Public sponsor rubber ducks for Powering Pink Duck Race in aid of the Marie Keating Foundation
Katherine Tarrant from Loughrea, Co. Galway owner of the winning duck who has won a luxury weekend stay in the Conrad Hotel Dublin
Dublin, 29th October 2017: Thousands of pink rubber ducks raced down the River Liffey in Dublin today as part of the Powering Pink Duck Race in aid of the Marie Keating Foundation. The 3,000 ducks had been sponsored as part of a fundraising effort by the cancer Foundation with duck #2918 crossing the finish line first at the Talbot Memorial Bridge and winning its owner, Katherine from Tarrant, Co. Galway a luxury weekend at the Conrad Hotel Dublin. The race was adjudicated by Deloitte who recorded that winning Duck #2918 finished the 300m course in a time of 46 minutes. The Powering Pink Duck Race raised funds for Marie Keating Foundation’s breast cancer programmes and services including its Positive Living programme for women with metastatic breast cancer. Pfizer generously donated €1 for every duck sponsored.
Speaking at the finish line of the Powering Pink Duck Race in aid of the Marie Keating Foundation, Linda Keating, Director of Fundraising, the Marie Keating Foundation, said, “This was a fun, pink event but it had a serious cause at its heart. One in ten women in Ireland will get breast cancer in their lifetime so events like this make a real difference in helping us raise the funds. We need to keep our awareness services going to support women and families that are already affected by the disease. Thanks to everyone who sponsored a duck in the Powering Pink Duck Race we are continuing our Survive and Thrive programme supporting breast cancer survivors and our Positive Living course which supports women with metastatic breast cancer to cope with the physical, emotional and practical impact of their illness.”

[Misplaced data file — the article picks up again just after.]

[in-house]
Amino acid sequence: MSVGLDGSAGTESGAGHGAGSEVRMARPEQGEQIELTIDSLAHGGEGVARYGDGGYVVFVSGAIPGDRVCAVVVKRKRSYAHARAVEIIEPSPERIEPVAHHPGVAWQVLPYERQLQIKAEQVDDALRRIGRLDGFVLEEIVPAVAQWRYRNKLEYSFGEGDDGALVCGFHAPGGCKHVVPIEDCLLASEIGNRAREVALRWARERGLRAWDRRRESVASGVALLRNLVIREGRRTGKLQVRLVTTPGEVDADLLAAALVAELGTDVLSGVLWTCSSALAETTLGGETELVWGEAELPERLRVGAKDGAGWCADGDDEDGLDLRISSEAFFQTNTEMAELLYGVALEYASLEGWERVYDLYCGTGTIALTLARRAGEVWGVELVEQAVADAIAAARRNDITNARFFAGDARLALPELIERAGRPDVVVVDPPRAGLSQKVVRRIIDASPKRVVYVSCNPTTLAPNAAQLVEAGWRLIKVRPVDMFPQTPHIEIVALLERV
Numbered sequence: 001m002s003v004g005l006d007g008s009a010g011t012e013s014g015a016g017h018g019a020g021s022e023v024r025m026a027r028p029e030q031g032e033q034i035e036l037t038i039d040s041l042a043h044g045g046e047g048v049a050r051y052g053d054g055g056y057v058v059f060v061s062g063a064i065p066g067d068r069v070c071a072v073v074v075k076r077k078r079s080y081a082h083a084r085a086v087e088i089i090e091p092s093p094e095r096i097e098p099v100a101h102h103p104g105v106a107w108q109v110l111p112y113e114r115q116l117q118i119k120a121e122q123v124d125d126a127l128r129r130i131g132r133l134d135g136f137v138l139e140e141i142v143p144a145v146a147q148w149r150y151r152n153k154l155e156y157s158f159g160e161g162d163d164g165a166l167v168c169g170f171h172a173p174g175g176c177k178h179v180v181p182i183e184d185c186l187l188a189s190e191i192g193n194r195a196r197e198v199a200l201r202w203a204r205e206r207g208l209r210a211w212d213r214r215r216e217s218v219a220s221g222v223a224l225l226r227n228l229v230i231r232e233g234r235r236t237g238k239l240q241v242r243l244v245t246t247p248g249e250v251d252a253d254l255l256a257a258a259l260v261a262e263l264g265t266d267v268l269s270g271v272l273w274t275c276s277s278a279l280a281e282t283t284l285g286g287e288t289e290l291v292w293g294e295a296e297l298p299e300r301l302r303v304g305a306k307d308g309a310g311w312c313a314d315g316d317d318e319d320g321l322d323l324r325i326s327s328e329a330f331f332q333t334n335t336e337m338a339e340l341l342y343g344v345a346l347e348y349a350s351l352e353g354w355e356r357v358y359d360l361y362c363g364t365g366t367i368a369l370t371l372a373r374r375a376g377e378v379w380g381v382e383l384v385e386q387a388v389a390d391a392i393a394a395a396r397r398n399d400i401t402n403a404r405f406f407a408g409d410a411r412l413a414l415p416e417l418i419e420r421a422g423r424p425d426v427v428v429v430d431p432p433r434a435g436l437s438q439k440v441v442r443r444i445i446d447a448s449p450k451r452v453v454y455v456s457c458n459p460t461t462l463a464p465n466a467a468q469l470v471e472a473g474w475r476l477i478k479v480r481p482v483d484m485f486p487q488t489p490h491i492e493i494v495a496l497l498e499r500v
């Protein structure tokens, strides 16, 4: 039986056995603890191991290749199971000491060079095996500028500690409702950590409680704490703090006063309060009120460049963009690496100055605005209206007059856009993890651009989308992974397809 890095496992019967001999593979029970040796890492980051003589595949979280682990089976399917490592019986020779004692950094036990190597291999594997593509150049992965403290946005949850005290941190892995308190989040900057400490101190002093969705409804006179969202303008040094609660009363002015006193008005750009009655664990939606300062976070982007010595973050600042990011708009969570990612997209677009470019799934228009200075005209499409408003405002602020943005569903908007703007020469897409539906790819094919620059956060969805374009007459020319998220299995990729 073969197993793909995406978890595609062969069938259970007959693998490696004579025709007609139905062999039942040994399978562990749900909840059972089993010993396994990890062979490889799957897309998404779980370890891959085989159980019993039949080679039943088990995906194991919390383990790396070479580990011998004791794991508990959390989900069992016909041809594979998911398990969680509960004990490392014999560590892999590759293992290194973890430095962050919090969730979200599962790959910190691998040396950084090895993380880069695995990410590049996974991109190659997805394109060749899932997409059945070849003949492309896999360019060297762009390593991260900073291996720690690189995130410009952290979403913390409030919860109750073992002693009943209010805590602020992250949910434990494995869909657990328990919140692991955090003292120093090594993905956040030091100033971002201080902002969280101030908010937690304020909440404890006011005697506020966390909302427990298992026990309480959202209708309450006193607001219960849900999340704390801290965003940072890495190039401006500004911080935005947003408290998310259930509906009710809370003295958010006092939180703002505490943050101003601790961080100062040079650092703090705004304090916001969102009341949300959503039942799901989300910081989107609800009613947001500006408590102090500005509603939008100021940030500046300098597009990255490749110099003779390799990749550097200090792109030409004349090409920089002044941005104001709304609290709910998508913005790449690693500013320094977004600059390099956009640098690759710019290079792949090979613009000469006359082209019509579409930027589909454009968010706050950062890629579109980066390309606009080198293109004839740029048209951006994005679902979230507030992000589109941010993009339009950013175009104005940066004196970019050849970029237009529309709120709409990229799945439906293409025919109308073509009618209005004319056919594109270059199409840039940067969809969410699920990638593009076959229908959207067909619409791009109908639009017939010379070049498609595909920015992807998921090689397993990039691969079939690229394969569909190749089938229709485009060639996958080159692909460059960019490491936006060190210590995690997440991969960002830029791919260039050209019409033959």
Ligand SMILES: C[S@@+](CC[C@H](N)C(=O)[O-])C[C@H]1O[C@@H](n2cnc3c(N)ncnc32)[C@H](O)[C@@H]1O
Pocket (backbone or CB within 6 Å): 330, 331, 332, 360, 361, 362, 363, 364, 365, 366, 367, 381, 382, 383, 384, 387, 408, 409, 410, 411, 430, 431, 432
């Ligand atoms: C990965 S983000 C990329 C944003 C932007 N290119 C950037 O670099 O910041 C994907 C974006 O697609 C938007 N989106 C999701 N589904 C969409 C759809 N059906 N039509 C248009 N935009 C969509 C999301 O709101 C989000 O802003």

Around 3,200 women in Ireland are diagnosed with breast cancer each year. The 5-year survival for all breast cancer patients in Ireland is greater than 80%. However, for those diagnosed at the metastatic stage it is less than 20%. Metastatic breast cancer is the most advanced stage of breast cancer, in which cancer has spread beyond the breast to other organs in the body. Up to 30% of women with early breast cancer can subsequently progress to metastatic disease. Whilst there is currently no cure for metastatic breast cancer, there are treatments available to help delay the progression of the disease.
Dr Carla O’ Neill, Director of Nursing Services at the Marie Keating Foundation, said, “While more and more women are surviving breast cancer, the fight is far from over. One of the most important things that a woman can do for her own health is to be aware of how her breasts look and feel normally, so that if anything begins to change, she will notice and can talk to her GP straight away. This year, become more breast aware and ensure that you look and feel for changes every month.”